“No amendments were made on Section 25. As I said, they won’t stop at anything,” he added. “A blog post by Raissa Robles insinuating that I stealthily inserted Section 25 into Republic Act 11479 – the Anti-Terrorism Act of 2020 – is malicious and untrue, to say the least.”
Lacson said Section 25 of the Anti-Terrorism Act of 2020 provides for a mechanism that will trigger the freezing of assets of terrorists and terrorist groups by the Anti-Money Laundering Council (AMLC).
He noted that Section 25 is based on a proposal from the AMLC that Republic Act 10168 – the Terrorist Financing Suppression and Prevention Act of 2012 – lacks the required designation mechanism that will allow authorities to prevent the assets and property from being used to finance terrorism.
“This section is part of a substitute bill that was approved during the period of amendments, when the Senate decided to repeal the Human Security Act of 2007, though subject at the time to further amendments, without prejudice to additional clarificatory questions,” he said.
The military lauded the passage of the Anti-Terrorism Law that would give state forces more capability to protect and defend the country against terrorists.
Armed Forces of the Philippines spokesman Maj. Gen. Edgard Arevalo said the AFP leadership expressed gratitude to President Duterte for making public security and welfare his priority in enacting the Anti-Terrorism Law.
National Security Adviser Hermogenes Esperon Jr. said yesterday that the law is a matter of necessity for the country to fight terrorism even in the midst of the coronavirus disease 2019 pandemic.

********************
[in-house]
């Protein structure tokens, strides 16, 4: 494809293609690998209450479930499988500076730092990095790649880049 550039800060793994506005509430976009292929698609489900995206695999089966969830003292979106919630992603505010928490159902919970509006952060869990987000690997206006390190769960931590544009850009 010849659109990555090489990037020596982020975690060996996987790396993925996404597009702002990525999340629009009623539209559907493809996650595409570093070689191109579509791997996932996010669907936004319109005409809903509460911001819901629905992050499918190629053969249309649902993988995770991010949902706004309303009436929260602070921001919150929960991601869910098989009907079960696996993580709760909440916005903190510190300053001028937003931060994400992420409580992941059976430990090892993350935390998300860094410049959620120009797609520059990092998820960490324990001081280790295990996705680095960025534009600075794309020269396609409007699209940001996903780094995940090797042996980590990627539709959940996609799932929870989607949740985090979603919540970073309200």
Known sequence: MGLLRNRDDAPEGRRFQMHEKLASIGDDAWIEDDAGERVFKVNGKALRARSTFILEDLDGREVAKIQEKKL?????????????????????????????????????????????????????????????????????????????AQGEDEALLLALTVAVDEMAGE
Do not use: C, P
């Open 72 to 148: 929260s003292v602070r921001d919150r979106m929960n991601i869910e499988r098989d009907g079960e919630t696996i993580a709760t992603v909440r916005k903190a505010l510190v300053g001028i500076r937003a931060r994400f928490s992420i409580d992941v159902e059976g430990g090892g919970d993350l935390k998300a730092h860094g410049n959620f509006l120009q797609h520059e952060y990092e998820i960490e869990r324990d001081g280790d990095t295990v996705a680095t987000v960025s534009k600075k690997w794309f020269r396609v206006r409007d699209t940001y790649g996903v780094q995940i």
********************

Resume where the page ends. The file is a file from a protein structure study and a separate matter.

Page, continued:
“It is really clear that the country needs this law. It’s a matter of necessity. Let’s not forget the atrocities committed in the past by the terrorists,” Esperson said in a television interview.
Esperon noted that even President Duterte had his share of experiences in handling terror acts when he was still mayor of Davao City and eventually, when he started his term as President in 2016.
Duterte is “very firm” in his resolve to stop terrorism, the country’s top security officer said.
When he was mayor of Davao, Esperon said the President saw first hand the adverse impact of terrorism, citing the bombing of the Davao International Airport in 2003, as well as the bombing of the Davao Cathedral and Sasa Wharf in Davao City.
Not long after he assumed the presidency, bombers also attacked the night market in Davao City in September 2016.
The concerned sectors will craft the implementing rules and regulations (IRR) and meet for the creation of an Anti-Terrorism Council that is mandated under the new law.
“Well, it has been signed. We will have the signed copy today or tomorrow. We are ready to convene the Anti-Terrorism Council with the chairman,” Esperon said.
Esperon said he discussed the matter with Executive Secretary Salvador Medialdea and they agreed to sit together to “first and foremost review “ the signed law so that we will have a better understanding of the new law.
The IRR needs to be submitted to the Senate and the House of Representatives before the government can pursue efforts to fight terrorism using the new law.
The Senate and the House of Representatives will also be creating a Joint Oversight Committee, which will have oversight functions to determine the veracity of government actions related to the Anti-Terrorism Law. Cecille Suerte Felipe, Romina Cabrera, Christina Mendez